Italian football’s stadium problem

Italian football has been the sick man of Europe. The phrase was once used to describe the Ottoman Empire, with which Italian football has similarities. Like the Ottoman Empire in the early twentieth century, Serie A is living off past glories. Its Constantinople was the San Siro, where great Milan sides once battled it out, but now plays host to two pale imitations. The Ottoman Empire was behind the great powers of England, Germany and France, whereas now Italy is also behind England, Germany Spain and France.

Unlike the Ottoman Empire, which could not manage its various ethnic groups in the age of nationalism, Italian football was destroyed by greed and complacency. One of Italy’s major problems is its stadiums, a problem that can be traced back to the 1990 World Cup. Not only was it a poor competition, it was also a long term disaster for Italian football.

As with all World Cups, Italian stadiums were either built from scratch or renovated. Juventus and Bari both gained brand new stadiums – the Stadio Delle Alpi and the Stadio San Nicola respectively – while the San Siro was given an extra tier and a brand new roof.

This led to a myriad of problems, the first being the cost. The stadium guide estimated that the cost of renovating the stadiums was 84% over budget. This was felt most by city councils, who owned the stadiums at the time and, in the main, still do.

The stadium guide also argued that the rebuilding came at a poor time for football stadiums. The renovations came when stadiums were expected to have seats and little else. By the time of the construction of the Amsterdam ArenA and the Stade de France in the late 1990s, Italian stadiums were out of date. Due to the initial costs and council ownership though, Italian teams were stuck with their white elephants.

Take Juventus and the Stadio Delle Alpi. For most, if not all, Juve fans, the Delle Alpi was a monstrosity. A pointless athletics track, which was rarely used, made visibility all the more worse. Due to its design, fans could often be exposed to the weather. Average attendances hovered around 40-51,000 in the 1990s, declining to just under 26,000 by 2006. After 2006 the stadium was abandoned by Juventus, and was demolished in 2009, a short life for an ugly duckling.

Many of the stadiums are too big for their teams, such as Bari’s 58,000 seat Stadio San Nicola. The stadium was impressive to look at in 1990, but Bari are now a mediocre Serie B side, struggling to maintain their monster of a ground. This is also a problem for bigger teams such as Roma, Lazio, AC and Inter Milan. Those stadiums – the Stadio Olimpico and San Siro – look spectacular when full for their derby games, but less so when they usually perform to masses of empty seats. In a world where image is important, Italy’s half empty, out of date stadiums look shoddy compared to full grounds in England, Germany and Spain.

It is not just the traditional ‘big three’ leagues that have left Italian football in the dust. As France plans for Euro 2016, many French teams are getting new and improved stadiums – Marseille’s stunning, modernised Stade Velodrome and Lyon’s nearly built Stade de Lumieres being prime examples. Alongside the financial muscle of Paris St Germain, could France be the next country to overtake Italy?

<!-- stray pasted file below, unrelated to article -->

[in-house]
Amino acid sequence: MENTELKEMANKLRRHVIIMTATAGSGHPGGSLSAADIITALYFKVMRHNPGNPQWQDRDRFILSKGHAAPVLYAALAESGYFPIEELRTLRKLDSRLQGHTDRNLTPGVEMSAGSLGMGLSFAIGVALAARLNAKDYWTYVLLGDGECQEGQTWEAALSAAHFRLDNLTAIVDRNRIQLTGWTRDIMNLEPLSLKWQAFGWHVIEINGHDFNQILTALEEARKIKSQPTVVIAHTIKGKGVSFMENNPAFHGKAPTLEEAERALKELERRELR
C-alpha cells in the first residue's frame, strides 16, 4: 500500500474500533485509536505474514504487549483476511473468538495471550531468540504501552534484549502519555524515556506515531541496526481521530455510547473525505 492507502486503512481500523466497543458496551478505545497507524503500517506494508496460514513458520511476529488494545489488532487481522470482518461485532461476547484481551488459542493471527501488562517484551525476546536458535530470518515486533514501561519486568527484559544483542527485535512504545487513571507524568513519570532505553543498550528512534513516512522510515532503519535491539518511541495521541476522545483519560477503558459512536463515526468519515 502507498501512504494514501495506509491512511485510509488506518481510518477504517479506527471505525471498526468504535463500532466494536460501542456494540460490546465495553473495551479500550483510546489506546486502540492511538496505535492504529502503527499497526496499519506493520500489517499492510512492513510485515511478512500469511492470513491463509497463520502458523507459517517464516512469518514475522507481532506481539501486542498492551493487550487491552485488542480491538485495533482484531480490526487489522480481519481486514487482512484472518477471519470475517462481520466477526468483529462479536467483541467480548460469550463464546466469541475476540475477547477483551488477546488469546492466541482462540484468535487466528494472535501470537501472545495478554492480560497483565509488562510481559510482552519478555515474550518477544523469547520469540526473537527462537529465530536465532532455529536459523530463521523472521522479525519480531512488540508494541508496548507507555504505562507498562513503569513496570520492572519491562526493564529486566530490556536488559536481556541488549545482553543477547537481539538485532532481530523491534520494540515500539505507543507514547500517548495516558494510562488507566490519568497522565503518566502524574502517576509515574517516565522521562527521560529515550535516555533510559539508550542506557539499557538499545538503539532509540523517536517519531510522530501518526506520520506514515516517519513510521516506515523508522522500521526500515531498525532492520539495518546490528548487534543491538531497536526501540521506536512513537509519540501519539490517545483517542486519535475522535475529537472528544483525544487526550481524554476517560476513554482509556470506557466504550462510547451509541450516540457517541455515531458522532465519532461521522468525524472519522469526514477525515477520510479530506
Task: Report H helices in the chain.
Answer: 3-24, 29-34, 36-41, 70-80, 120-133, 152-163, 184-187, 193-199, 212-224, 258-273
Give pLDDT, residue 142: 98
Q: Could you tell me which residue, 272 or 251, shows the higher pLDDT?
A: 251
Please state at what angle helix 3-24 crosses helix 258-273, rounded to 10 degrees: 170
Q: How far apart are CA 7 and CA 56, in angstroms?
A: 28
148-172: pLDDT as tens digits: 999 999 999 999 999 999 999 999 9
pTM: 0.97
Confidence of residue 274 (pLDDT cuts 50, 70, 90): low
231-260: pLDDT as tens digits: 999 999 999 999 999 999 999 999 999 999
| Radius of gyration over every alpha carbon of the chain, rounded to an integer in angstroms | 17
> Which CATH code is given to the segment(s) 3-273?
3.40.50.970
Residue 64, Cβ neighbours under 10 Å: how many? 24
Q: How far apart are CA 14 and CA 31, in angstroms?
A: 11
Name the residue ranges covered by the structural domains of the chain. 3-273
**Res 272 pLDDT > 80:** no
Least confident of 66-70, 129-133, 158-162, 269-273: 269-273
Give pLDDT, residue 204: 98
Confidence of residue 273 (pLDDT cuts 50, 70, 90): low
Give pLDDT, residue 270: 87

Thankfully, the challenge is finally being met. It started with Juventus, who, as previously mentioned, demolished the Delle Alpi and built the Juventus Stadium, which they also own. With a reduced capacity of 41,000, it allowed Juventus to truly enter the modern game, and played a part in their four successive Scudetto’s. It has also led to a huge rise in match day profits. In the 2013/2014 season, Juventus earnt €41 million in match day revenue, €19 million more than second place Roma and more than double Inter Milan’s takings, both of whom play in bigger grounds.

The success of the Juventus Stadium has spurred on Juve’s rivals. Roma have begun work on a striking stadium called the Stadio Della Roma. With a reduced capacity of 52,500, Roma’s website has described the stadium as a ‘modern colosseum’, which will offer the best visibility and sight lines in the world, and should be ready for the 2017/2018 season. AC Milan are also looking at building a 48,000 seater stadium, but as has been reported their plans have run into the usual bureaucratic problems.

At the other end of the table, Udinese have also rebuilt their stadium. Once again they have reduced the capacity to 30,000, with three new, modern stands and the redevelopment its iconic arched stand.

Encouraging progress, but more needs to be done. All Italian clubs need to act like true Marxists and throw off the shackles of council owned stadiums and control the means of production. This would help with profits, and with the visual show of teams playing in modern, full stadiums.

This is all easier said than done of course. Many Italian clubs simply do not have the finances to contemplate such a course of action, and most of the clubs that have taken action are owned by more forward thinking owners. Perhaps things would only change if Italy was awarded a major tournament again. The sick man of Europe is showing signs of life, but is a long way from its mid-90s heyday. Owning stadiums would be a step in the right direction.

Author Details

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Jack Unwin

I'm a history graduate who is currently teaching English in Ulsan, South Korea. Nostalgia for Italian football in the 1990s had led me to try and write about Serie A.

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